Emergency situations force us to take critical decisions in a very short time. Is there a real danger or am I misinterpreting the situation? Should I shelter in place or move some place safer? Should I reach out to others to tell them what is going on right now, or wait until the situation is clearer? These and many other questions require information, which is sought from the sources that are most readily available: people in our immediate vicinity, people we can reach through our mobile phones, and broadcast media such as radio and television.
Social media platforms are familiar technologies for hundreds of millions of people. They intermediate and focalize social relationships online, allowing us to quickly disseminate and gather information in near real-time. It is not surprising that as communication needs are increased during any crisis or disaster, social media usage skyrockets during these situations. Hundreds of messages, photos, videos, are exchanged through channels both private and public.
Many emergencies and disasters unfold to show a pattern that is fairly predictable. The first messages in social media contain messages of caution and advice, which are followed by messages of solidarity (thoughts and prayers), information about people injured or dead, damage to infrastructure and/or utilities (when applicable), and calls for donations of goods and services. The quality of this information, as everything else online, varies from repetitive to unique, from vague to precise, from unverified to confirmed, and so on.
Is there anything that can be done with this information to support emergency relief efforts, to make the public safer, to understand how to mitigate, and perhaps prevent some of these disasters? In my opinion, the answer is yes. However, the huge amounts of information posted every minute far exceeds human capacity to comprehend, and understanding a confusing situation through a set of fragmented postings in a reliable manner far exceeds current computational capacities.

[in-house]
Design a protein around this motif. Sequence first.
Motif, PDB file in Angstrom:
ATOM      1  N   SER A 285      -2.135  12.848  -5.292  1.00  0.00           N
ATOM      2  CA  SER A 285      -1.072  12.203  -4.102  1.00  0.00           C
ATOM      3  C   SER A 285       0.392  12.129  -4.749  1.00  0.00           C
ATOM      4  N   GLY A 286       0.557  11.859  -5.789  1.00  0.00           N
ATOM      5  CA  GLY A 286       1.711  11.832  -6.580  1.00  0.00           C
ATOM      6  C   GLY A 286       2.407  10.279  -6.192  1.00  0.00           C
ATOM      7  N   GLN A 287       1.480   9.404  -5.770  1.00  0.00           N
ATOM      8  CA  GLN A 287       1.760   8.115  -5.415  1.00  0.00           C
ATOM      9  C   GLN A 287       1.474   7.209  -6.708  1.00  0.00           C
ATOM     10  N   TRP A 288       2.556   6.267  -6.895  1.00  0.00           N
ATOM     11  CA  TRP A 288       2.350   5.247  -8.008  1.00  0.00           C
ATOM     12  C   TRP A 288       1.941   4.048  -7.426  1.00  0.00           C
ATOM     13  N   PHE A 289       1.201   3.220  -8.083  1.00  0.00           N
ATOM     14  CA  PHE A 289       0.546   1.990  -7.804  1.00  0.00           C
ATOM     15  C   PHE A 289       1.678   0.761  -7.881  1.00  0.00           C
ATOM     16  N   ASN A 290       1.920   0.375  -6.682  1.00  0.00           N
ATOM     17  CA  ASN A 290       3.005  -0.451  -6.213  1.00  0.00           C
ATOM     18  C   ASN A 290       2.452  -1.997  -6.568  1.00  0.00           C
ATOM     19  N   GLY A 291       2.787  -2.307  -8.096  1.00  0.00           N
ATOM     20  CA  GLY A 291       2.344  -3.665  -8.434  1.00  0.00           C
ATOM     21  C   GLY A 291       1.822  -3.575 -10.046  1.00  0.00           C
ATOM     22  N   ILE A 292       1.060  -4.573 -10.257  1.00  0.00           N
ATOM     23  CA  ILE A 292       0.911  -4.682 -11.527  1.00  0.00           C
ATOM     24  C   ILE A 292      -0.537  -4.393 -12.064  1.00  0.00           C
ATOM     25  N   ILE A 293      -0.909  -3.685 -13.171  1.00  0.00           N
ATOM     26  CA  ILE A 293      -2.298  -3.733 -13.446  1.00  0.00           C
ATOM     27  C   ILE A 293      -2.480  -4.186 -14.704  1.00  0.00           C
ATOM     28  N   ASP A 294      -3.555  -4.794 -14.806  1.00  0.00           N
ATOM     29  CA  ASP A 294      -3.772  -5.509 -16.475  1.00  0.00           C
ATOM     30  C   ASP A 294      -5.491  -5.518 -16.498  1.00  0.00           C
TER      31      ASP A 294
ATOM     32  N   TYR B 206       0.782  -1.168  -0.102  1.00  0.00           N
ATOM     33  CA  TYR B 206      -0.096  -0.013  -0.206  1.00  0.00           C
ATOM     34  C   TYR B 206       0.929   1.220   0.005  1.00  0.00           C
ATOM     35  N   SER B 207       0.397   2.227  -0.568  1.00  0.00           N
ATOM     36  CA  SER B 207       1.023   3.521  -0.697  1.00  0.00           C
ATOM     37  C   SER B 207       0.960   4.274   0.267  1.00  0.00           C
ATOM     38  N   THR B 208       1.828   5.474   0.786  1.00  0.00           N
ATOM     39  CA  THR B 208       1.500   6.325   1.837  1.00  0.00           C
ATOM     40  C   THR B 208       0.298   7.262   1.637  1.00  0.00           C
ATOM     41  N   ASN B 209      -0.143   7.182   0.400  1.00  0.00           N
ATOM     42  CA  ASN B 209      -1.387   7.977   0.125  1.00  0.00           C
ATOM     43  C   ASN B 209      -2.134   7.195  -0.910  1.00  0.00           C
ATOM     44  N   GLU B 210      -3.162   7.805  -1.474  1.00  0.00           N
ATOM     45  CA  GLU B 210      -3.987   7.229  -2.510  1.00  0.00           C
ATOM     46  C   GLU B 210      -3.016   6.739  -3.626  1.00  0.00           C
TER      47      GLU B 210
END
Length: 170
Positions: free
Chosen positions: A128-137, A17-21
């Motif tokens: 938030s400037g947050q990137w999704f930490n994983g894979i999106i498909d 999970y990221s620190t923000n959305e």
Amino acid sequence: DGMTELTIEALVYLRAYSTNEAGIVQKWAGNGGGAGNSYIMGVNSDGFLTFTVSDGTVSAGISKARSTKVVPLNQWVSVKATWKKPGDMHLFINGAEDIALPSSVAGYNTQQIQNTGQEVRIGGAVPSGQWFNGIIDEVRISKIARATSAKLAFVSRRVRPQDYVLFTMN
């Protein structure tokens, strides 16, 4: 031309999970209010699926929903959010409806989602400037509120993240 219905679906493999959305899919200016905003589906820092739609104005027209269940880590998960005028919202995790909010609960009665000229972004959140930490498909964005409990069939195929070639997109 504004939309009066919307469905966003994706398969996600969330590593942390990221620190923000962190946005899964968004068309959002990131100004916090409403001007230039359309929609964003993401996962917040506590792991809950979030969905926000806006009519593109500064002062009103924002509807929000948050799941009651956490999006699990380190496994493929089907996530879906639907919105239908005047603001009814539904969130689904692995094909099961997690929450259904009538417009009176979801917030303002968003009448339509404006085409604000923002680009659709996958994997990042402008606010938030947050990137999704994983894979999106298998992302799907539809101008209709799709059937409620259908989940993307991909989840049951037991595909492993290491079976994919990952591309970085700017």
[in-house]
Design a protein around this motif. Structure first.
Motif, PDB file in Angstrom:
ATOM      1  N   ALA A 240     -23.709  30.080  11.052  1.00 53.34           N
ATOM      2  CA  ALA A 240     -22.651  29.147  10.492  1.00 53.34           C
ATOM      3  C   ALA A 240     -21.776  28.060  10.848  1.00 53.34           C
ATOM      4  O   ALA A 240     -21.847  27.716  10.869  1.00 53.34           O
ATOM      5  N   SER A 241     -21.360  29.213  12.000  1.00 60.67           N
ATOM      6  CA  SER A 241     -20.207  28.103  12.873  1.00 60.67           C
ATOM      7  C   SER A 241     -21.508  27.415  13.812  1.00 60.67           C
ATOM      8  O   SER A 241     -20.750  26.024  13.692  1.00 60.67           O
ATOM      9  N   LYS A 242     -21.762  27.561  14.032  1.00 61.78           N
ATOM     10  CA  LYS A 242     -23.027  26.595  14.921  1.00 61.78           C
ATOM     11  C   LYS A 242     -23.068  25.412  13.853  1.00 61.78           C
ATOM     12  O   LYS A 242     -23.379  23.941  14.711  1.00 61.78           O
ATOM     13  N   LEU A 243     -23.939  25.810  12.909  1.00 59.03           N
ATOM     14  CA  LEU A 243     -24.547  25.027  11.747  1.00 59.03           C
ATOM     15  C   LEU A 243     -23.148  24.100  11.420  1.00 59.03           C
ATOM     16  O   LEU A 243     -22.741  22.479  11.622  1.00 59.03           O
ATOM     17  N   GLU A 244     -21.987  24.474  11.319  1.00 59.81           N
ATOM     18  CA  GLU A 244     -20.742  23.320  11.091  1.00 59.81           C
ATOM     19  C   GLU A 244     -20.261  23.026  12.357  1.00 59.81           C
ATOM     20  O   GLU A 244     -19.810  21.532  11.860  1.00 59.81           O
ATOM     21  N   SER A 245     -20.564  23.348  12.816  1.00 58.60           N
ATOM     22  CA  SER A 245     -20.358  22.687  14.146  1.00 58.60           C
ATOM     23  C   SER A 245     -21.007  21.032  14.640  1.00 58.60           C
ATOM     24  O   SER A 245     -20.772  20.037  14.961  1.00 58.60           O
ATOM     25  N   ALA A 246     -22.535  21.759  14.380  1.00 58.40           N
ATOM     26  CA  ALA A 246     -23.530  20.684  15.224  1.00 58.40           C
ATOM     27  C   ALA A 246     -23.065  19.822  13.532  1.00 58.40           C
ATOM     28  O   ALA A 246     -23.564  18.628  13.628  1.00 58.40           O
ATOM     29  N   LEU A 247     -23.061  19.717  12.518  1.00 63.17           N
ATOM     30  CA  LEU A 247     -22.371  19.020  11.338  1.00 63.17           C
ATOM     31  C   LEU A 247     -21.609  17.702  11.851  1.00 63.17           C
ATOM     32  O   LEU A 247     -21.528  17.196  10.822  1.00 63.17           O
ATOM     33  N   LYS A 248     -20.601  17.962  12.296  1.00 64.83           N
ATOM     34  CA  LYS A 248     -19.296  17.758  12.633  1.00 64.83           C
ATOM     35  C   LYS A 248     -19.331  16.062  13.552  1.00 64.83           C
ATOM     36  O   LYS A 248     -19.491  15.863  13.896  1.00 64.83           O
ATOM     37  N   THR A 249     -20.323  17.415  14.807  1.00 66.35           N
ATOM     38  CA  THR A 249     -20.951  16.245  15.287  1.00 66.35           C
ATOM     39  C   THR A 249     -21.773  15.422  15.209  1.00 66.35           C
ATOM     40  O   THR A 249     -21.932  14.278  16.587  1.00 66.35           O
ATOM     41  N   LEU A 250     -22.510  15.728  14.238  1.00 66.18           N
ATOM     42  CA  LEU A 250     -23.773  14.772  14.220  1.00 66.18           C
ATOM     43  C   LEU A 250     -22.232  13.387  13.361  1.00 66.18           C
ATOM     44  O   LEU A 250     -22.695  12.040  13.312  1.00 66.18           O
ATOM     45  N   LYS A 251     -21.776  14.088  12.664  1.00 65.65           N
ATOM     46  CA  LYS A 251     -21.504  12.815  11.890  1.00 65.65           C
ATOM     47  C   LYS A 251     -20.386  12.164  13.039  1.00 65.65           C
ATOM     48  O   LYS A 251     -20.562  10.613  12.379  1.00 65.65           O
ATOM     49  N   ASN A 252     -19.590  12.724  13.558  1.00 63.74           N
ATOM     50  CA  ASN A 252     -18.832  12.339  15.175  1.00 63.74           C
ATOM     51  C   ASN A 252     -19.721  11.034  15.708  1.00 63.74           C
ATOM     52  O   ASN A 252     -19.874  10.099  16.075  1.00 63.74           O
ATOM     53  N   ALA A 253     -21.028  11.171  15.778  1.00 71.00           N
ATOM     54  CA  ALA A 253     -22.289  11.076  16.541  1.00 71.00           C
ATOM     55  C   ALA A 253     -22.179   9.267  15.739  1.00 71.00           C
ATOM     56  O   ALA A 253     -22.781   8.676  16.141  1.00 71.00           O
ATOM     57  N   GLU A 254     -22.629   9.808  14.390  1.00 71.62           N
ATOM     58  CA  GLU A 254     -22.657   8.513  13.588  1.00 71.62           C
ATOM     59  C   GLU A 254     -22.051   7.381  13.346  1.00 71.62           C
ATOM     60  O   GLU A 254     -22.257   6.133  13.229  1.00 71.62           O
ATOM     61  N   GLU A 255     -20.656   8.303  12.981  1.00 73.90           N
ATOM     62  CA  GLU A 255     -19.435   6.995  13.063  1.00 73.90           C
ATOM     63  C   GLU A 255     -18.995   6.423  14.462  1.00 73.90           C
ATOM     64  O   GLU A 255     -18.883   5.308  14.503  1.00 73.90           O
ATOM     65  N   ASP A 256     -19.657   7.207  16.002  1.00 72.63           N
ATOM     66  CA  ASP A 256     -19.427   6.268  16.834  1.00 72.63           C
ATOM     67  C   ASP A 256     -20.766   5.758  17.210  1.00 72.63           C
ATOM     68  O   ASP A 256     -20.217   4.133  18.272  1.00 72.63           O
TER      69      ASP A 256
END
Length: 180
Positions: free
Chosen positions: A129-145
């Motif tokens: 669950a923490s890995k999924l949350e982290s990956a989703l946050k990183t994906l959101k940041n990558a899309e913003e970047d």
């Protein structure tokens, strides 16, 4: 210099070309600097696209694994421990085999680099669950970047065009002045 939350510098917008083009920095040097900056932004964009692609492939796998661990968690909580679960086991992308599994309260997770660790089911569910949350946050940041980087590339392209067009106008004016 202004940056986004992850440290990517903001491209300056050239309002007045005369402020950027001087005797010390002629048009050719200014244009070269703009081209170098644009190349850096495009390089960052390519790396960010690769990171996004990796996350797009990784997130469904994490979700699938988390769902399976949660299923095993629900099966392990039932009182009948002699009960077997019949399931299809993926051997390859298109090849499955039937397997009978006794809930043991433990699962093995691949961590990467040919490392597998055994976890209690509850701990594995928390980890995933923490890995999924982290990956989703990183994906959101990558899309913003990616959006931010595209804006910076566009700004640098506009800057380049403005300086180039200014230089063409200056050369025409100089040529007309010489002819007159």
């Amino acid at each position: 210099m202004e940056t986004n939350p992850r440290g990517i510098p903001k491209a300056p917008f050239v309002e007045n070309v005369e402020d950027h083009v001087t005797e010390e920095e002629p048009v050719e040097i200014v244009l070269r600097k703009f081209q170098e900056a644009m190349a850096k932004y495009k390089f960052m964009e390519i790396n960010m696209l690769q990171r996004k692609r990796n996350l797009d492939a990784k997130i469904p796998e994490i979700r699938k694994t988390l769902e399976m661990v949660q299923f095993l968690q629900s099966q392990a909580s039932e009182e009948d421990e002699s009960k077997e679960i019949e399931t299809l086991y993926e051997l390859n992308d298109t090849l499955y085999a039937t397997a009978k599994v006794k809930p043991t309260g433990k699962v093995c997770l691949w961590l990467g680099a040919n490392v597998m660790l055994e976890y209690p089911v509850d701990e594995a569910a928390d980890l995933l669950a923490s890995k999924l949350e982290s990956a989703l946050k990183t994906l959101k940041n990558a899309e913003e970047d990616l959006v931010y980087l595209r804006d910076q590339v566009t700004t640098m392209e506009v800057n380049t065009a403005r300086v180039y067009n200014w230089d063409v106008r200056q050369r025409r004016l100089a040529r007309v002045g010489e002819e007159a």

A combination of human and machine intelligence can help make sense of this data. Some systems are already in place, and there are thousands of digital volunteers that are willing to contribute. In recent years, we have seen many examples of hybrid systems applied to the processing of tweets and photos, as well as photos and video footage from UAVs.
These systems are still at their infancy, but are the first glimpses of an emerging paradigm. Just as Wikipedia editors have been organizing human knowledge for over a decade by performing what one could call batch processing, crisis mappers perform online processing, sometimes in near real-time. The input is a fast, chaotic, rich stream of events (texts, photos, videos, data) from a variety of sources. The sought output is a slowly flowing stream of key updates that contribute to make sense of a rapidly-developing situation.
Crisis informatics is a fascinating topic and a huge technological challenge, which should attract some of the best minds interested in creating a new breed of socio-technological systems. The Digital Humanitarian Network is a great starting point for people willing to contribute their skills to digital response efforts. Big Crisis Data is my attempt at organizing what is known about this topic from a researcher’s perspective.
Find out more about Dr. Castillo’s Big Crisis Data.
Featured image is courtesy of Social Media Koppelingen | ATLAS Social Media | Flickr